Beagle, thank you for starting this thread. Looking forward to where it goes/leads!
Visited Tiwanuku about 8 years ago, and there are definately things yet to be explained about this place.
Currently re-reading Hancock, and was reminded about the theory regarding Lake Titticaca's level being much HIGHER when Tiwinaku active. (There will always be the question by whom and when first, to be dealt with later in this thread I'm sure)
Upon visiting the town of Copacabana, the port/resort with nearest access to the Islands of the Sun and Moon. (also interesting megalithic observatory above town) There is an Incan/PreIncan road that "dissappears" into the lake at a steady and predictable angle, that would indicate that the Lake level has also been LOWER in its past.
The Island of the Sun has a small Archaeological museum/hut that has a stone coffer with a card stating it was retreived by divers from otherwise undocumented underwater ruins. I hear diving at 12,000ft above sea level can be tricky.
Besides being one of the most beautiful spots on the planet, it seems that there has seen some heavy geological lifting and heaving going on not so long ago in the Halocene +-. (Charles Hapgood anyone?) Also if my memory serves, there is no undue salinity in the water that might acompany a massive evaporation or possible sea origins.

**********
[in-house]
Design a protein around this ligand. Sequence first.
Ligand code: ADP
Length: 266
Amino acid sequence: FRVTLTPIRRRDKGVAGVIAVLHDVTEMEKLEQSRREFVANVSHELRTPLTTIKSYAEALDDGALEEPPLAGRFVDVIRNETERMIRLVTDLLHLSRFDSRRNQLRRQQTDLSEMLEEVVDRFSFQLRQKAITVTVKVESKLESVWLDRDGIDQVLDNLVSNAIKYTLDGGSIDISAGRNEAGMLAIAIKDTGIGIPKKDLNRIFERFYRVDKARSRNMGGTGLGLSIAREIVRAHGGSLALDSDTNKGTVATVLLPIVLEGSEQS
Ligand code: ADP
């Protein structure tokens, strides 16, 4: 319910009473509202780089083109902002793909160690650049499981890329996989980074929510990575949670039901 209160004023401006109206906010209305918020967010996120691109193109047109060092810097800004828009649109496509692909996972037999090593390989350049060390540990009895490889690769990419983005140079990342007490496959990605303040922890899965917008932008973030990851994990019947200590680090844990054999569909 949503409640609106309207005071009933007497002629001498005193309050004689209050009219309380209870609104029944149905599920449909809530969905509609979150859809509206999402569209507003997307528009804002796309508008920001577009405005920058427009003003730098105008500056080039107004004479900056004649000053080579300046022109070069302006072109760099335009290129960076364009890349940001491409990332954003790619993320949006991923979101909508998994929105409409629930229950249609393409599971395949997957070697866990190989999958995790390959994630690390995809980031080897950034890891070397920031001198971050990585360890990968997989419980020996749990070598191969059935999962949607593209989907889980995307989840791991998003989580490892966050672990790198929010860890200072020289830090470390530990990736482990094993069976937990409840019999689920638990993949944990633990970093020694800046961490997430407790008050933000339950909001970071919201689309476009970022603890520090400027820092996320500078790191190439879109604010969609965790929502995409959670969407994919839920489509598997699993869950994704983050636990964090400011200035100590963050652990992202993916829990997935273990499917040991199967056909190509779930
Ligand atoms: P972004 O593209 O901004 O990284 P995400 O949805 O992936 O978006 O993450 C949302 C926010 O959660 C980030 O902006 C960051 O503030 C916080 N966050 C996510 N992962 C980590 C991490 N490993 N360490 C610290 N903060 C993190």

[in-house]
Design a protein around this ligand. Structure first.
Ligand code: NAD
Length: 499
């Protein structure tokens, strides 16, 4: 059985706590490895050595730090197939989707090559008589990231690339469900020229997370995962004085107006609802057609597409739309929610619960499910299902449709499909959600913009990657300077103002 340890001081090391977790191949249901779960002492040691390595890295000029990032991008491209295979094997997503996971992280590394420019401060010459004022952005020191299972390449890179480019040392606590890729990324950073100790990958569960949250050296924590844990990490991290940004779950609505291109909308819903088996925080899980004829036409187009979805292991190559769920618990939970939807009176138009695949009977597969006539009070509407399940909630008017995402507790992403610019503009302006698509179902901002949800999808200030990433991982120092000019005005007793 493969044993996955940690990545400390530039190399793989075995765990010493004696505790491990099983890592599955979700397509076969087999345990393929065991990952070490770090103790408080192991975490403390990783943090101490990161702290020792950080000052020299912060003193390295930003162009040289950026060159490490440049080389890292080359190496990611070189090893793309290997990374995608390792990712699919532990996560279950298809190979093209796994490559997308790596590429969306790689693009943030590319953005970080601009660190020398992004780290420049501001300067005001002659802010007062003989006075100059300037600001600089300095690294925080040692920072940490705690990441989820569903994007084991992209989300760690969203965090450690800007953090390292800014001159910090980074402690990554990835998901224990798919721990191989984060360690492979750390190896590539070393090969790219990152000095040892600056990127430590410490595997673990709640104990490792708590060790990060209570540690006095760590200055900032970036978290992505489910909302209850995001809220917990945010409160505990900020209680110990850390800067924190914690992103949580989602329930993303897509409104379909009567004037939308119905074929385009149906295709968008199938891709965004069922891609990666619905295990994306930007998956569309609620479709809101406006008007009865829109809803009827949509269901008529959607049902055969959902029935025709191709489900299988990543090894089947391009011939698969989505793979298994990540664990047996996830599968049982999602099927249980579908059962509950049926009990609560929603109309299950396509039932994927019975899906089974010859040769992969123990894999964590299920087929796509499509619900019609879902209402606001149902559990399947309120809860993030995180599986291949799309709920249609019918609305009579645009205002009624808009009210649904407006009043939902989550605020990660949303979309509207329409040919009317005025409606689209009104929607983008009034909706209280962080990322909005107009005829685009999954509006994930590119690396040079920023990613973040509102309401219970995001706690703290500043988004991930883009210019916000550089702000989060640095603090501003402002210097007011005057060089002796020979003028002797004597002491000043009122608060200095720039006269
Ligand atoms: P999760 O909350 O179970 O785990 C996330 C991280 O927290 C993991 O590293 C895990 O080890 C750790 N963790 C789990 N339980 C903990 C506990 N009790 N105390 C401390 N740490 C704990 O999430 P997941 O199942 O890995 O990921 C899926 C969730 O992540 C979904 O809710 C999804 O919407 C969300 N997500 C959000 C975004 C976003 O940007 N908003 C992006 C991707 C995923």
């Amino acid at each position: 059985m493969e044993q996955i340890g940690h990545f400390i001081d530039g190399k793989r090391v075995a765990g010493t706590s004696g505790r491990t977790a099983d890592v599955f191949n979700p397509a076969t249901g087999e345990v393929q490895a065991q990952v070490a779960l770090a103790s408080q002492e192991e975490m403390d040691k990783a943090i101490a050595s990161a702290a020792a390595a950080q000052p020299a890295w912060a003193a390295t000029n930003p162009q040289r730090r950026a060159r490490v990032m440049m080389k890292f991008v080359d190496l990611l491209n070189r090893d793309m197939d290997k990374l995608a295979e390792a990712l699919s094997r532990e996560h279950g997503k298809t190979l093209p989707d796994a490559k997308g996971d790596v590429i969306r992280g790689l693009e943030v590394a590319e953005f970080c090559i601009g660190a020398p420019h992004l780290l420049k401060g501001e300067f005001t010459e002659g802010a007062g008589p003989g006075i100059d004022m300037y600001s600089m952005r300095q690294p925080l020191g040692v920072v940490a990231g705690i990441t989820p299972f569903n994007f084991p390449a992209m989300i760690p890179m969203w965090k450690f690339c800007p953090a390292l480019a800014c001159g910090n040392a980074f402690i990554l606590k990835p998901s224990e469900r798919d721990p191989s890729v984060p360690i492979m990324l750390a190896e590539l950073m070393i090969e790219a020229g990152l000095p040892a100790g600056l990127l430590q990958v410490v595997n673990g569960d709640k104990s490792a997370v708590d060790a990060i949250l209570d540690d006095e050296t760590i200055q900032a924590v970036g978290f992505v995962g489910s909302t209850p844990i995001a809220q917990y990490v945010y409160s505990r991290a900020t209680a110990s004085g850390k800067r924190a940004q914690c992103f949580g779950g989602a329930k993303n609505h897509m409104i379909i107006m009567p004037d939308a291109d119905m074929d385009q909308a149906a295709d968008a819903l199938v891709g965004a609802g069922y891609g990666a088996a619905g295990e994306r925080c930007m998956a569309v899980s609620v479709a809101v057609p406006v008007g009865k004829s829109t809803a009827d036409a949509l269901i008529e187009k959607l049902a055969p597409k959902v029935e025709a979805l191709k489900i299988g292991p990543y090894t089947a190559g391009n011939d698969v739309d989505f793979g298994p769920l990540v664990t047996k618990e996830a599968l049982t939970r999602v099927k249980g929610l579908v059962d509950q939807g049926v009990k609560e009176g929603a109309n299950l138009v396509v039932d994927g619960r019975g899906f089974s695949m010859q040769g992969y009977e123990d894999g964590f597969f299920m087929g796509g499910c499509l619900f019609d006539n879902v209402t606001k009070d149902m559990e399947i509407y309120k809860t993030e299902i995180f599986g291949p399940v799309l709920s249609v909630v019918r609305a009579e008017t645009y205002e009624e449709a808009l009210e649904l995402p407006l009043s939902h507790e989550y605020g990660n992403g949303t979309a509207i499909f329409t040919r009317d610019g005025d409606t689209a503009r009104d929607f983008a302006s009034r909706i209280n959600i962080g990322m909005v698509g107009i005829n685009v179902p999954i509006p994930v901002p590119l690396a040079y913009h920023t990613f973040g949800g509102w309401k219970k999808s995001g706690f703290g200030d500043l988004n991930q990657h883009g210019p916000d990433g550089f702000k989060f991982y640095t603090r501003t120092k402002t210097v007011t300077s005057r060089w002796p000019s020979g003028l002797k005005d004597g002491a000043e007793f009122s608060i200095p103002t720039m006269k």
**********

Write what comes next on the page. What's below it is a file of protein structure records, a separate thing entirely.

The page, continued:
It so far has been hard to find any definitve Geological chronolgy for the region, just alot of speculation and "camps". Any Geologist among us?
As for the terraces and raised fields, they are everywhere and easily discernable from the ground. Appearing and first look to be more related to the contours of the terrain, drainage and economy of effort rather than some grand design.
Recent field studies have shown the terracing continues to be a very efficient and sophisticated "lost" heritage of agriculture that is highly adapted to successful farming in an otherwise pretty inhospitable landscape......and the Google views does make one think again and perhaps outside the box.
Bauer and Stanish's "Ritual and Pilgramage in the Ancient Andes" has some excellent images of the intense terracing of the region as seen from the ground.
Will need to reread the Pre-Incan Chapter, will report back.
Also pictures from trip that unfortunately was pre-digital for me. Will do my best.
Its more complicated than it seems.